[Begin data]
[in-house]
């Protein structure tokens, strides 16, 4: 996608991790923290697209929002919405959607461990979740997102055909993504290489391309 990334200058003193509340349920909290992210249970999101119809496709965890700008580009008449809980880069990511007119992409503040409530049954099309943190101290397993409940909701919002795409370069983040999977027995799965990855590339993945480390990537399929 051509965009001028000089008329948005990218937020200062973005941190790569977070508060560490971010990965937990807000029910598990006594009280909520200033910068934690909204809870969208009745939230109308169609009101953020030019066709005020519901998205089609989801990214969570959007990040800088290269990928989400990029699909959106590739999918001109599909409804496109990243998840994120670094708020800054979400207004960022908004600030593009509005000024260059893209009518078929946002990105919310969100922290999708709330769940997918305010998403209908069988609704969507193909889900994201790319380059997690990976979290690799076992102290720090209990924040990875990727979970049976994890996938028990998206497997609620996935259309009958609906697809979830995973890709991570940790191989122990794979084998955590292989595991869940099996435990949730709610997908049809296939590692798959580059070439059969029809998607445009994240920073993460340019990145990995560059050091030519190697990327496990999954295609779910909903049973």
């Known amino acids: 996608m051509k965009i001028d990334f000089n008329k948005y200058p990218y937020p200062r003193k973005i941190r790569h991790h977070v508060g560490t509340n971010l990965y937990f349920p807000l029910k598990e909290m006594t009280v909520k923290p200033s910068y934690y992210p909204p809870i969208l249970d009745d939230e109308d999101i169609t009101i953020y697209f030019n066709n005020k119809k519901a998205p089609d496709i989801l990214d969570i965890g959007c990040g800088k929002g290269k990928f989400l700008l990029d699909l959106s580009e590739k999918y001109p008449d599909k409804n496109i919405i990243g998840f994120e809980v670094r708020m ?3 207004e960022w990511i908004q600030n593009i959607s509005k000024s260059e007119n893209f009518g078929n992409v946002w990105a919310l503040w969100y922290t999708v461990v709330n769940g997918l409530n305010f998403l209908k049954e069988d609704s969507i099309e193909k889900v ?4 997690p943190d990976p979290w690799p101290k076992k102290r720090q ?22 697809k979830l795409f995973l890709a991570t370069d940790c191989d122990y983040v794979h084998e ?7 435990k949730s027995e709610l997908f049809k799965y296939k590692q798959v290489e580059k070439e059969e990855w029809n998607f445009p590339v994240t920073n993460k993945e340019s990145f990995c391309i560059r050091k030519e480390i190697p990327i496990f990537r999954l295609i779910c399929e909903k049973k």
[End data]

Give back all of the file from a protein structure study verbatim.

[in-house]
């Protein structure tokens, strides 16, 4: 996608991790923290697209929002919405959607461990979740997102055909993504290489391309 990334200058003193509340349920909290992210249970999101119809496709965890700008580009008449809980880069990511007119992409503040409530049954099309943190101290397993409940909701919002795409370069983040999977027995799965990855590339993945480390990537399929 051509965009001028000089008329948005990218937020200062973005941190790569977070508060560490971010990965937990807000029910598990006594009280909520200033910068934690909204809870969208009745939230109308169609009101953020030019066709005020519901998205089609989801990214969570959007990040800088290269990928989400990029699909959106590739999918001109599909409804496109990243998840994120670094708020800054979400207004960022908004600030593009509005000024260059893209009518078929946002990105919310969100922290999708709330769940997918305010998403209908069988609704969507193909889900994201790319380059997690990976979290690799076992102290720090209990924040990875990727979970049976994890996938028990998206497997609620996935259309009958609906697809979830995973890709991570940790191989122990794979084998955590292989595991869940099996435990949730709610997908049809296939590692798959580059070439059969029809998607445009994240920073993460340019990145990995560059050091030519190697990327496990999954295609779910909903049973």
């Known amino acids: 996608m051509k965009i001028d990334f000089n008329k948005y200058p990218y937020p200062r003193k973005i941190r790569h991790h977070v508060g560490t509340n971010l990965y937990f349920p807000l029910k598990e909290m006594t009280v909520k923290p200033s910068y934690y992210p909204p809870i969208l249970d009745d939230e109308d999101i169609t009101i953020y697209f030019n066709n005020k119809k519901a998205p089609d496709i989801l990214d969570i965890g959007c990040g800088k929002g290269k990928f989400l700008l990029d699909l959106s580009e590739k999918y001109p008449d599909k409804n496109i919405i990243g998840f994120e809980v670094r708020m ?3 207004e960022w990511i908004q600030n593009i959607s509005k000024s260059e007119n893209f009518g078929n992409v946002w990105a919310l503040w969100y922290t999708v461990v709330n769940g997918l409530n305010f998403l209908k049954e069988d609704s969507i099309e193909k889900v ?4 997690p943190d990976p979290w690799p101290k076992k102290r720090q ?22 697809k979830l795409f995973l890709a991570t370069d940790c191989d122990y983040v794979h084998e ?7 435990k949730s027995e709610l997908f049809k799965y296939k590692q798959v290489e580059k070439e059969e990855w029809n998607f445009p590339v994240t920073n993460k993945e340019s990145f990995c391309i560059r050091k030519e480390i190697p990327i496990f990537r999954l295609i779910c399929e909903k049973k």